How do I handle tipping for spa treatments?
How do I know which of the day spa staff personnel to tip, and how much do I tip each of them? Salon and spa treatments are a luxury I must budget for myself; I don’t want to go home with an empty wallet, but I don’t want to embarrass myself by slighting anyone, either. Speaking of which, do you have to carry around cash discretely and hand it out immediately after you are attended to by each staff person? It seems so awkward, but I don’t see any standard practice.Mary B
A: Tipping etiquette in any service-oriented industry (domestic services, hair and nail salon services, restaurants, and day spas) remains fairly standard. If you received good service from your provider, budget a 15-20% tip for good to very good service. A full 20% is the norm in high-end facilities where you are just a little bit in love with the over-the-top pampering you experienced. This may mean you have to save a few more dollars before you schedule your next treatment, but both you and the spa provider will appreciate the benefits. You’ll receive increasingly personal service on successive visits from a provider who gets the chance to know you, and knows that you appreciate the care given you reflected by your appropriate tipping.
Don’t hesitate to inquire of the spa staff in advance, when you book your appointment, about tipping policies. Truly, they appreciate your concern and interest and are pleased to educate you. In fact, they may tell you that gratuities are not accepted at all (we know several spas with a no-tipping policy), or included in the spa package, or, automatically added to your credit card, or, that you may or may not include tips as part of the charge on your credit card (some permit it, some do not).
As for the cash, most common, in larger day spas, small tipping envelopes are left at the front reception counter, which you may use at the end of your visit. The only time we would recommend keeping some dollar bills tucked into your spa robe, is for coat-check, shower-check and beverage attendants. Slipping a few dollars to someone who hands you fresh towels, gives you back your clothes, makes you feel really cared for, or just notices you need fresh cold water, is appreciated by the attendant. That said, when we spend a full day at a spa which has a “circuit” for instance, we often bring a handful of small white envelopes with us, with currency stashed inside, stashed in a robe pocket in case we need them.
What about tipping the owner of the spa or salon? For years the rule of thumb has been “don’t tip the owner of a salon or spa — they get 100% of the service revenue and a cut from all the other employees.” This is a tough point, because opinions vary wildly and have changed. Many spa and salon owners will graciously turn away a tip, but many accept them. Ultimately, this is a scenario where you must rely on your instincts and point of view.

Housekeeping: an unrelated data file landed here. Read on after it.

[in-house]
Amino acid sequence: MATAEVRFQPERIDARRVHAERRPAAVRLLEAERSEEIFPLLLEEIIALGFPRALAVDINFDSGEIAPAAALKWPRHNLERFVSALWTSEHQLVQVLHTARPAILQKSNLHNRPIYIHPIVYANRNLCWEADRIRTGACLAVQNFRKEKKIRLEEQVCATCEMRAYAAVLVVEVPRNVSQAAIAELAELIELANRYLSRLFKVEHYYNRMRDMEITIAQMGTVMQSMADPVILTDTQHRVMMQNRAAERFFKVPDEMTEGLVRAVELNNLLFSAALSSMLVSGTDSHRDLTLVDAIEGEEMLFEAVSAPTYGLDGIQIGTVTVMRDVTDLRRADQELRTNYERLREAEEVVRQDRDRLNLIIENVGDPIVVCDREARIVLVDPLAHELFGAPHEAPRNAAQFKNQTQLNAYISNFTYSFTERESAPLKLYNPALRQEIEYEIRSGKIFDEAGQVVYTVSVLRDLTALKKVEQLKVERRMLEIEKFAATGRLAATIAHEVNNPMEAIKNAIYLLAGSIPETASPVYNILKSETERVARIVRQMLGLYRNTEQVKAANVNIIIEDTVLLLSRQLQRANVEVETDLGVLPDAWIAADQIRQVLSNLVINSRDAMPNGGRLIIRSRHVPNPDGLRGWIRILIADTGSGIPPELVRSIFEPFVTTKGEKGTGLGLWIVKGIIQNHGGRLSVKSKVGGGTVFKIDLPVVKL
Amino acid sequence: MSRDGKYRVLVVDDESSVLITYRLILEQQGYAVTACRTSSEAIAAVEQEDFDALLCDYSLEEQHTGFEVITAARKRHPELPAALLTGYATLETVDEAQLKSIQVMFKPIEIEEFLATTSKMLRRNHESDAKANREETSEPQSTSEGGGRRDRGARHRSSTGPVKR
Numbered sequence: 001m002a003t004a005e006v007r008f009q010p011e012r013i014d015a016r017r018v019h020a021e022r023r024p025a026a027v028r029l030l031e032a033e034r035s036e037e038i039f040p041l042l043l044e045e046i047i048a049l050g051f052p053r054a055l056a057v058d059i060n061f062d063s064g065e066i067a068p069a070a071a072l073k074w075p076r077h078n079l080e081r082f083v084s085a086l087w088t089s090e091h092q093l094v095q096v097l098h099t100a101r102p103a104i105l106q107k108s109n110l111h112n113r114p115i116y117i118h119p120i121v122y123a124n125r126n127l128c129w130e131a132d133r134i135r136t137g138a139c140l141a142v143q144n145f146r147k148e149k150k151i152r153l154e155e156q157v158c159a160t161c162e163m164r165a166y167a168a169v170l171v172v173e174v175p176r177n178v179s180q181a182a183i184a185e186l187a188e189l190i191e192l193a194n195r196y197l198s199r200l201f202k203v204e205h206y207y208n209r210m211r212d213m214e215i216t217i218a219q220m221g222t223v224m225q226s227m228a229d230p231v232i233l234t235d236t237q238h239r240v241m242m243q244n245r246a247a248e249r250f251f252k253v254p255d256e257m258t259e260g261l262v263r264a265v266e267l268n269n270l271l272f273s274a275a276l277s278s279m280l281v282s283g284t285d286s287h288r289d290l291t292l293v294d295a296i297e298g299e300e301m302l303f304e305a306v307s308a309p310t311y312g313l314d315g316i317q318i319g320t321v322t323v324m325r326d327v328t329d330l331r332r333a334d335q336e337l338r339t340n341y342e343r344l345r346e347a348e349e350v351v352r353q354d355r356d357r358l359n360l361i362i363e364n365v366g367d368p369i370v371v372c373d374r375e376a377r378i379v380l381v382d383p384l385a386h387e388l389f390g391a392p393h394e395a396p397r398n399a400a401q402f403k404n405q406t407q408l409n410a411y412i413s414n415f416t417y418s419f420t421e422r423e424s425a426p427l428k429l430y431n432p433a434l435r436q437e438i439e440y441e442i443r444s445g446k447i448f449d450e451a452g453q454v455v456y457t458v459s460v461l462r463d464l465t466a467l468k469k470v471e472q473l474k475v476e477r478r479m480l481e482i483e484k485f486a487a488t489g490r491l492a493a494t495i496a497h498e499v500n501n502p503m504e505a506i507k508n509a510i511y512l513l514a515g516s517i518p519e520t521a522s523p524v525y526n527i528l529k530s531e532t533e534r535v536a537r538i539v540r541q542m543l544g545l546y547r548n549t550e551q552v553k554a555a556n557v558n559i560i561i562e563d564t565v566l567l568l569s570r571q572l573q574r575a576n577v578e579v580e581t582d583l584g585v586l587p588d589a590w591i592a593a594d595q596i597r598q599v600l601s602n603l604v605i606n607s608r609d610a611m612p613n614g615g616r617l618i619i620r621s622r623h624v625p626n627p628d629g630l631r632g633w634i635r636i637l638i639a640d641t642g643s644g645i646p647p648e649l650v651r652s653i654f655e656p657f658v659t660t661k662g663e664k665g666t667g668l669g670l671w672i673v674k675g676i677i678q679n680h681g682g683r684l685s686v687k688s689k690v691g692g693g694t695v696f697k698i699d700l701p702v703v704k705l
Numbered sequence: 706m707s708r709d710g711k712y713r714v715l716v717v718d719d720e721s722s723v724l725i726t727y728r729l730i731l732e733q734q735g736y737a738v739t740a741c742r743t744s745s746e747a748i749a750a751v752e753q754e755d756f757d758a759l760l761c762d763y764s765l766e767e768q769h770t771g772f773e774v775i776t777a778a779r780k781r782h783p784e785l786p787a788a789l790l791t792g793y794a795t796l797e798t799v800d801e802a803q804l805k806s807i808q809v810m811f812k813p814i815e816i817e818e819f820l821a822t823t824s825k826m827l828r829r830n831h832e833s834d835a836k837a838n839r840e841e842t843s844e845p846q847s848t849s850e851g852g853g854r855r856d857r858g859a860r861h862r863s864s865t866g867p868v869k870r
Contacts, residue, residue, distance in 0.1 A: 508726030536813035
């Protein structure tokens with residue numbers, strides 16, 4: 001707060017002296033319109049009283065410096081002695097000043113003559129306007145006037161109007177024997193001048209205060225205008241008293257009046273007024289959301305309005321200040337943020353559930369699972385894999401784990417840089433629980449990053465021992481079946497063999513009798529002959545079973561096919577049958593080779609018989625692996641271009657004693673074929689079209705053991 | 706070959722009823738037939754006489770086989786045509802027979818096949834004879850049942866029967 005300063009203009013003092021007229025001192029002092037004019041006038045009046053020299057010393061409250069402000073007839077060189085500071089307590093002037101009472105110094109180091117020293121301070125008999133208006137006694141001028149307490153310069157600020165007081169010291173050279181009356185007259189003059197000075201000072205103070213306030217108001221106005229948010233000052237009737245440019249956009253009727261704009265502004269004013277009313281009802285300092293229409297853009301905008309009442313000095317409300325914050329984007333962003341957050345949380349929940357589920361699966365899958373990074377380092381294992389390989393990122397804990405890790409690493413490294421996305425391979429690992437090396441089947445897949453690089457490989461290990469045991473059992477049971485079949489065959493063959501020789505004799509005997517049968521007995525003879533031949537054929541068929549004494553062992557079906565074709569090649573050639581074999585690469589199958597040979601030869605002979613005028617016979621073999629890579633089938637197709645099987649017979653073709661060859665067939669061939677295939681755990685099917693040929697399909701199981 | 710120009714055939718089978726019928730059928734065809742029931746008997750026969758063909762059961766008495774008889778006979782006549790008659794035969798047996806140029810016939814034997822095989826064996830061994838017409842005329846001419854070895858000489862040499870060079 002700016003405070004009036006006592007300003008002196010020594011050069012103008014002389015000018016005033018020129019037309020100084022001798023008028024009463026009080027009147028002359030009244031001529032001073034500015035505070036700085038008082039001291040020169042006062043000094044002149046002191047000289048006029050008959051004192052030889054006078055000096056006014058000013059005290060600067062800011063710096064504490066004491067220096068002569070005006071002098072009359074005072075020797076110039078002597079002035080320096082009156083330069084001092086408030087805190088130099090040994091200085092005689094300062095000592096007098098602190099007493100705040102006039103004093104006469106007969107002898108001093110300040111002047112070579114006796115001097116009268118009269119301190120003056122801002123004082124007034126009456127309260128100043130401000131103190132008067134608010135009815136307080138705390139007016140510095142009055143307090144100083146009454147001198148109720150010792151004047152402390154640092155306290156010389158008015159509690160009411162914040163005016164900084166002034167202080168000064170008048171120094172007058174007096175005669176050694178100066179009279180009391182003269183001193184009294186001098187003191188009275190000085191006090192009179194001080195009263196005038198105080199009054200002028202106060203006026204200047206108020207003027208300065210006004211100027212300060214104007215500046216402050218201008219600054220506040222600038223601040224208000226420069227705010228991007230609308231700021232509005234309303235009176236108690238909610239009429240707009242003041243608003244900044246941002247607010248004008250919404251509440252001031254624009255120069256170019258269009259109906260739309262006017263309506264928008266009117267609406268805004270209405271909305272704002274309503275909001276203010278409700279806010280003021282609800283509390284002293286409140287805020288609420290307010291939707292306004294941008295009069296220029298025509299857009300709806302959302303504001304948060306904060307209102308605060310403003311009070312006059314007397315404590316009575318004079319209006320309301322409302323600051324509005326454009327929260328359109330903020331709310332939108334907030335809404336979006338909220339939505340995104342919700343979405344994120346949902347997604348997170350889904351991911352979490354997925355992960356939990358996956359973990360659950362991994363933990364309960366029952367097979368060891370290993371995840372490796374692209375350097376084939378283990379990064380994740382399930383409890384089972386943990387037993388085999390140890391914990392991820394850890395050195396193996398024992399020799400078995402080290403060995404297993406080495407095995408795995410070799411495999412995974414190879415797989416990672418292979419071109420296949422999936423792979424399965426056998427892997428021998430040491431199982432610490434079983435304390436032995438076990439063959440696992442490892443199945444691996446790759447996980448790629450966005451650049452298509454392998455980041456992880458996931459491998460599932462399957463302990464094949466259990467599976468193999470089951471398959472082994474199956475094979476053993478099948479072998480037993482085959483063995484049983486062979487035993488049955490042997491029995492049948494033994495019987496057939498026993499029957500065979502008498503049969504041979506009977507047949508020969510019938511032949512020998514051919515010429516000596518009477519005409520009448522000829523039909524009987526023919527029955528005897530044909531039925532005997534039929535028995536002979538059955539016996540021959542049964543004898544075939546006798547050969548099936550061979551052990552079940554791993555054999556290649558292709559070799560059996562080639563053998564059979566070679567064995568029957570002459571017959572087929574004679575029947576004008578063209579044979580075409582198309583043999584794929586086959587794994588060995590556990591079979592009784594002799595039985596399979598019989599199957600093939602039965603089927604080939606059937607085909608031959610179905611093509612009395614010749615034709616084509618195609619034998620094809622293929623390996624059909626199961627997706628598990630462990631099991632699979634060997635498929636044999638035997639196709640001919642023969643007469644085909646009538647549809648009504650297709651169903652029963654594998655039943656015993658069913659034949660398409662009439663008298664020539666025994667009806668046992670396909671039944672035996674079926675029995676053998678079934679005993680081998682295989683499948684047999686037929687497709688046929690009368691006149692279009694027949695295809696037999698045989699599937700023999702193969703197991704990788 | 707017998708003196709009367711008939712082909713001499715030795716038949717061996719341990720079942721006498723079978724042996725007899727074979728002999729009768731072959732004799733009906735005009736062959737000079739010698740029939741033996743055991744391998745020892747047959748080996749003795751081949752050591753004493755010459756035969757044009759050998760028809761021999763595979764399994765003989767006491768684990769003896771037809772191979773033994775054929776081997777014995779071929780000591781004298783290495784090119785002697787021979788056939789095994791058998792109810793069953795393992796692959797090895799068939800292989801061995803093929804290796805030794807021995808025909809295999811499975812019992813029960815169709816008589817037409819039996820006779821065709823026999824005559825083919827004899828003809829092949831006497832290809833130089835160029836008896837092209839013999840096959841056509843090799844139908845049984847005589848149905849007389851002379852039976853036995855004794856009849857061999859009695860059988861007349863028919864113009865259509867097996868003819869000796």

For us, it comes down to two things. Did we have a relationship with the owner as a provider before he or she became an owner, and did we already have a tipping relationship? If so, we continue it. Or, is this a new relationship with a spa or salon owner, and we’ve paid a premium rate for the owner’s services? Many salon and spa owners’ services are charged at a significantly higher rate to compensate for their increased level of service and ability. If so, we may just extend a warm thanks and book another visit. No matter which situation, however, we ask ourselves if the owner accommodated any special requests, stayed late, came in early, or did an extraordinary favor just for us (and not to remedy a problem on a prior visit or by another employee). If so, that deserves a tip.
Finally, don’t forget the Hotel or Resort Concierge, or Spa Concierge. A particularly helpful front desk person who always manages to slip you in with the therapist you like, or handles your last minute needs, or just makes your visit more pleasant, would welcome a tip as well. A concierge spends a great deal of work making the guests’ stay more pleasant and they are often overlooked since they do not render the treatment. — Spa Index
Also see: Tipping Hot Tub Attendants